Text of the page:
During the 1970s, Chianti producers began to reduce the amount of white grapes used in their wine production, favoring a greater emphasis on the robust flavors of the Sangiovese grape. In 1995, it became legal to produce a Chianti wine made with 100% Sangiovese, a testament to the grape's importance and contribution to the region's winemaking history.
Today, Chianti wines must be produced with at least 80% Sangiovese grapes to bear the prestigious name of Chianti. The resulting wines are known for their complex, earthy flavors, balanced tannins, and bright acidity. Visitors to the region can take a deep dive into the world of Chianti wine, with opportunities to explore vineyards, tour cellars, and sample some of the region's finest offerings. With its rich history, unique sub-areas, and dedication to quality, Chianti is a wine region that continues to captivate wine enthusiasts from around the world.
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About the brand Le Miccine
Le Miccine has always been an important element of the Chianti countryside. In the past the estate served as a way station for travellers and their donkeys to rest. The name Le Miccine comes from the dialect word that means small female donkeys. The vineyards were initially planted in the sixties and that is when the estate began to produce wines.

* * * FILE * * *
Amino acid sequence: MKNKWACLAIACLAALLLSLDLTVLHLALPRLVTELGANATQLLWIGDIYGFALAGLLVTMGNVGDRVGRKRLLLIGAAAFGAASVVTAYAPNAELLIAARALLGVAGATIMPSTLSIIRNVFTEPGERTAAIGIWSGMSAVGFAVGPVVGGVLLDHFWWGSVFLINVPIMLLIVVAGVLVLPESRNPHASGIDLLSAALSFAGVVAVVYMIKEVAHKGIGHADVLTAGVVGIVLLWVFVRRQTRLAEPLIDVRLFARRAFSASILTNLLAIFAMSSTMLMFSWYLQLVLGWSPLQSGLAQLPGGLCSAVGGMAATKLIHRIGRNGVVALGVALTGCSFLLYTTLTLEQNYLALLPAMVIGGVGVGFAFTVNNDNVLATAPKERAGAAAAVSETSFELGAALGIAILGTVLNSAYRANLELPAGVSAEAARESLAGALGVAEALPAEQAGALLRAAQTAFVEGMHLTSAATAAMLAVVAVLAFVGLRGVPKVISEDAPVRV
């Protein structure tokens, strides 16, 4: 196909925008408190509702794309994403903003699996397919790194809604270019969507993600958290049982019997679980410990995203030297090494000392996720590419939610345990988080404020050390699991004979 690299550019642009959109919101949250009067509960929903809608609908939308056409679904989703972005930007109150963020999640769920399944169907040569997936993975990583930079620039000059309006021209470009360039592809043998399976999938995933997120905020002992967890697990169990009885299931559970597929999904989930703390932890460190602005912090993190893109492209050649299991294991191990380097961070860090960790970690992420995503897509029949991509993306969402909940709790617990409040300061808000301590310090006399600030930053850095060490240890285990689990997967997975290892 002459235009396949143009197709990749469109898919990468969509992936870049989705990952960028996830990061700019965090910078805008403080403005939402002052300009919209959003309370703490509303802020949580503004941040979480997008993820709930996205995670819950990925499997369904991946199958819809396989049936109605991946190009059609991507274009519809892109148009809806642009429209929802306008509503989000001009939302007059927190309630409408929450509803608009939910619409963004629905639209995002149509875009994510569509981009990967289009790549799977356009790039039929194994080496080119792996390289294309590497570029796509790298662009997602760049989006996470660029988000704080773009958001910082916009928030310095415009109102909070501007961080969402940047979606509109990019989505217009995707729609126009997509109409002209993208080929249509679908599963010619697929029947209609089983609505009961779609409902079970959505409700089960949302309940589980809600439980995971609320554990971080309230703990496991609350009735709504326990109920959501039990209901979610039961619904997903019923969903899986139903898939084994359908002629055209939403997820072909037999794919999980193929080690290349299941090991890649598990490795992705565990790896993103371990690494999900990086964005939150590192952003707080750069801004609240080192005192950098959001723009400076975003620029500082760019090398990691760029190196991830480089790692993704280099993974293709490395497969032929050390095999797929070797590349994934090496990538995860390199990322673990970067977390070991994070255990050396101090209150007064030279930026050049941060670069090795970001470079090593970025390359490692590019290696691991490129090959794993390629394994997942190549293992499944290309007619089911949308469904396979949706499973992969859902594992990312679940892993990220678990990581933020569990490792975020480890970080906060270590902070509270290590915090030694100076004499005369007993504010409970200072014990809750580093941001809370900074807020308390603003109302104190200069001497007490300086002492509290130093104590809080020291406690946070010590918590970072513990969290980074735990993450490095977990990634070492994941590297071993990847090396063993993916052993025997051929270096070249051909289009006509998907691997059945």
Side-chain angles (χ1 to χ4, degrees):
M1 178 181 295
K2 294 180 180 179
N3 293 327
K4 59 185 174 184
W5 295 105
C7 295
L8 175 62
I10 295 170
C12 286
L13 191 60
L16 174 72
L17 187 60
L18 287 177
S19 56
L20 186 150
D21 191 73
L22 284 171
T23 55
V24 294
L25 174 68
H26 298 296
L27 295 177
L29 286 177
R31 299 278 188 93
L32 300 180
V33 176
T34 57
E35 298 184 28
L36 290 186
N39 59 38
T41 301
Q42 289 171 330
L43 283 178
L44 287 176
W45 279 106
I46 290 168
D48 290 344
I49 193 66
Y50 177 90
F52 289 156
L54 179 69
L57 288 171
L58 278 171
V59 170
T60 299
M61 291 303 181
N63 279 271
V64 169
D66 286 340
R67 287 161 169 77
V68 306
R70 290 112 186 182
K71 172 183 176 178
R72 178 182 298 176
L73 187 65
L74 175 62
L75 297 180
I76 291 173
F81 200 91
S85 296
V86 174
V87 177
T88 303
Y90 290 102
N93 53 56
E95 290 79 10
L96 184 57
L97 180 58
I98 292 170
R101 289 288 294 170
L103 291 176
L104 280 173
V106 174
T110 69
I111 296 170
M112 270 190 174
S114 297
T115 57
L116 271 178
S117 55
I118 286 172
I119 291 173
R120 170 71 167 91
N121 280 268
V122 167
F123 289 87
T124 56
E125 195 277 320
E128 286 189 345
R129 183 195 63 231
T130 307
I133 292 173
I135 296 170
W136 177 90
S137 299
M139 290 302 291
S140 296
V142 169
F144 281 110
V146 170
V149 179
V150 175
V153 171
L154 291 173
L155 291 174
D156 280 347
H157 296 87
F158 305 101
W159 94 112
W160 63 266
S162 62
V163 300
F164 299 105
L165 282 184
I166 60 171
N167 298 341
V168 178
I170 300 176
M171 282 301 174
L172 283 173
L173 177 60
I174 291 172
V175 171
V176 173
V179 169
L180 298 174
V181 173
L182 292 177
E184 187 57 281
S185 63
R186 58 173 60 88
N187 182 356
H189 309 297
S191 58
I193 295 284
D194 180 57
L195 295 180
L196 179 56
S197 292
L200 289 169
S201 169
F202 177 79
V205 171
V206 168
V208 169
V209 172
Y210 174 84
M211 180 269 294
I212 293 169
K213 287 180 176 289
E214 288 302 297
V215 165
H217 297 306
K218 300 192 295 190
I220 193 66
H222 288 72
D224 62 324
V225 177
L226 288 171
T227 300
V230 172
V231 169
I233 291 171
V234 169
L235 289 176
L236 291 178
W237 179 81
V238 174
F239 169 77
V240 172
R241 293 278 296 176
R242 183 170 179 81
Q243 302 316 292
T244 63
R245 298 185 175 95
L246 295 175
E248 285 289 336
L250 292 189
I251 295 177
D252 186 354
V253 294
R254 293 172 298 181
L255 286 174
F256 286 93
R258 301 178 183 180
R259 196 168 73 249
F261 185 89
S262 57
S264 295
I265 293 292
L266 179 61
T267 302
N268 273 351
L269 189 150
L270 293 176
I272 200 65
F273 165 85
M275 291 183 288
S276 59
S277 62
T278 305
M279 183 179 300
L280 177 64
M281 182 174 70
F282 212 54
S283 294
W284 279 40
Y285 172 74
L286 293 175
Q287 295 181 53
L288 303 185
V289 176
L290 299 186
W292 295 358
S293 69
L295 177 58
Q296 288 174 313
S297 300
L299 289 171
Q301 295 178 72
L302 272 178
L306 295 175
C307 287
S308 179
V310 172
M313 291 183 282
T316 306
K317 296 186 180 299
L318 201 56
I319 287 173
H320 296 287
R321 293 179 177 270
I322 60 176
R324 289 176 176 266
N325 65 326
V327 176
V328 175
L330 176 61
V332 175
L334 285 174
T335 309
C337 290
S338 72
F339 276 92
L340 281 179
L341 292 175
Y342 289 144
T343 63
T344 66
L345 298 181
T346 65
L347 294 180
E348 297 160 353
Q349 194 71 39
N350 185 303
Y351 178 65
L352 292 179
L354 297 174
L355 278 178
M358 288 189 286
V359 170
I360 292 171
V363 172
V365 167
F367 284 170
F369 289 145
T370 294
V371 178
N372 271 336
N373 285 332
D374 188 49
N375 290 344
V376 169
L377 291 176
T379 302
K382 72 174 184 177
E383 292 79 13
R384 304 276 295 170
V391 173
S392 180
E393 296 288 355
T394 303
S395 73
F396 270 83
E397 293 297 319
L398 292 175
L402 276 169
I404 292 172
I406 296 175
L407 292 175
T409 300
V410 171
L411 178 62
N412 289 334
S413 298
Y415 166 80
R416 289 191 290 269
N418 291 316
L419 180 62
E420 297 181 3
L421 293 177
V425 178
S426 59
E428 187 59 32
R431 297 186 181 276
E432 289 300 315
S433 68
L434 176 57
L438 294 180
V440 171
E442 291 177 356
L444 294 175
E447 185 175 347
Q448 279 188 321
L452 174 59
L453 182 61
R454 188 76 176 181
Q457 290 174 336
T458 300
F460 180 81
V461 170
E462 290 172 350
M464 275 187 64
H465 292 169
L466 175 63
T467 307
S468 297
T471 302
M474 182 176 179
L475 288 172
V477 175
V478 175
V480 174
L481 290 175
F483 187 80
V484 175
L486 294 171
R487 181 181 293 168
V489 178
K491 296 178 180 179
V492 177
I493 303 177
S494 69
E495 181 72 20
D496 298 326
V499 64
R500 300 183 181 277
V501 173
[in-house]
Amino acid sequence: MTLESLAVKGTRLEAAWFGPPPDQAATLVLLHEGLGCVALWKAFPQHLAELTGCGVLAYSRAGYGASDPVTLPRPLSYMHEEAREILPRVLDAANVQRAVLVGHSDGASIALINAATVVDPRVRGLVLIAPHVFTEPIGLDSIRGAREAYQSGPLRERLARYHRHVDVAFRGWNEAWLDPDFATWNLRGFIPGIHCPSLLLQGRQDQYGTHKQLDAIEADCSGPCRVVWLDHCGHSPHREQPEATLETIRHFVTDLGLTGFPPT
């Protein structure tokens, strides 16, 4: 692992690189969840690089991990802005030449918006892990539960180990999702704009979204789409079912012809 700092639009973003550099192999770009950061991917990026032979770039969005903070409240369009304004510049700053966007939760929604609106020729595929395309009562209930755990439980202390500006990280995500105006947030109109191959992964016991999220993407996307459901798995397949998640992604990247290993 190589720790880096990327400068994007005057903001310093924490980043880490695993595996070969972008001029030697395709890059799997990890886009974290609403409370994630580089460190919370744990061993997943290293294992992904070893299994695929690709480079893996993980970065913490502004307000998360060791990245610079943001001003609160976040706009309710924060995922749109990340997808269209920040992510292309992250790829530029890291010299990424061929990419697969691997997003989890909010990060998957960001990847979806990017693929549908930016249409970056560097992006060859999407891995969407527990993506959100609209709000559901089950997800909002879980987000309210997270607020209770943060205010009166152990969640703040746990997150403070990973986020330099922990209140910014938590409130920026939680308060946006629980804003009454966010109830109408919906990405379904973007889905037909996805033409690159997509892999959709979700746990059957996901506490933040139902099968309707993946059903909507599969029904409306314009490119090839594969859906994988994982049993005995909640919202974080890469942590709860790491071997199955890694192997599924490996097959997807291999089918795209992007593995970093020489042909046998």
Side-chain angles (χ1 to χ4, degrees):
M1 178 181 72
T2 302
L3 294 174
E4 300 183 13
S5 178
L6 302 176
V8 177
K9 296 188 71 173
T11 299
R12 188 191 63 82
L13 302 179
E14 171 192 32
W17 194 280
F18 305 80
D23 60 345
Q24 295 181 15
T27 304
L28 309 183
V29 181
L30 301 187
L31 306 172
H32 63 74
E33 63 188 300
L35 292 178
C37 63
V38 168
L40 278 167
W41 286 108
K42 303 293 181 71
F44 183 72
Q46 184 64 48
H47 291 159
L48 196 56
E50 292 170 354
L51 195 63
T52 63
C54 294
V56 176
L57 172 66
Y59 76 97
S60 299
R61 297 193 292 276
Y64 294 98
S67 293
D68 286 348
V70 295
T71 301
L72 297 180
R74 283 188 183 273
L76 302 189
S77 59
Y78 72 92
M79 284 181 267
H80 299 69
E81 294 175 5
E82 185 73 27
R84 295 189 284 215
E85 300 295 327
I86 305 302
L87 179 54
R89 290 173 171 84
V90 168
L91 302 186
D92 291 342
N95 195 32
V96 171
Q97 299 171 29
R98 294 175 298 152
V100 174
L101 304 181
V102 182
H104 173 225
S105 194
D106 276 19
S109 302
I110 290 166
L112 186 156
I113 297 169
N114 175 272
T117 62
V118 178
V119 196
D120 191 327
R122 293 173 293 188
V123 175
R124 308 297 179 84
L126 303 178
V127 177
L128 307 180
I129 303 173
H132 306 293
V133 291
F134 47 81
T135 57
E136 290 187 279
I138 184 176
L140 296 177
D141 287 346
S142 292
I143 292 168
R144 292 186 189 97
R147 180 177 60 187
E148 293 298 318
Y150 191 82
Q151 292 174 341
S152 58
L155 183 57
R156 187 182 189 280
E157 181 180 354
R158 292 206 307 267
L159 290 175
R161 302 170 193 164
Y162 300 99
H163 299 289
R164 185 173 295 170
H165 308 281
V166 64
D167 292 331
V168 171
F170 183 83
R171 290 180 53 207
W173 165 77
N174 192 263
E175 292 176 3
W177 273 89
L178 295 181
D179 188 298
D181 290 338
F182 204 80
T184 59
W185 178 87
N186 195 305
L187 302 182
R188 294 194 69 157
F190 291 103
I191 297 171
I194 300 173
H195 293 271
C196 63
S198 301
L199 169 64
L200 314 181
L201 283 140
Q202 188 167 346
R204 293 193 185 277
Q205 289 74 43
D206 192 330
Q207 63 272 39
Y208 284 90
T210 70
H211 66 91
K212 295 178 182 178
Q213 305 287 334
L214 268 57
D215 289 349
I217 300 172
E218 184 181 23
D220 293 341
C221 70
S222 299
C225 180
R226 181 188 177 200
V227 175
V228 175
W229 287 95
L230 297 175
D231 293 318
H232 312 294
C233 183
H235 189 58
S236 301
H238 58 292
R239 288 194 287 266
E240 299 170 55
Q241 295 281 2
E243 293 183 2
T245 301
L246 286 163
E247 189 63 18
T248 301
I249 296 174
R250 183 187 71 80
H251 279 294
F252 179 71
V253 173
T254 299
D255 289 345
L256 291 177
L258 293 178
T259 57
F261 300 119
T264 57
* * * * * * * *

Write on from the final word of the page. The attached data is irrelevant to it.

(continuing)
Le Miccine is a family-owned winery and vineyard that is lead by a dynamic and young team. The estate respects the traditions of the Chianti Classico area while applying innovative thinking in the vineyard and winery practices. Utmost importance is placed on observing and adapting practices to each different vintage. Le Miccine wines are award-winning wines distributed internationally in vibrant cities such as Montreal, New York, Auckland, Hong Kong, Shanghai, Beijing and across cities in Europe.
Le Miccine aims to become a flagship property that is recognized internationally as part of the top of the Chianti Classico region. The estate strives to reach balance and innovation in the vineyard and winery practices so as to offer quality wines with an unforgettable story.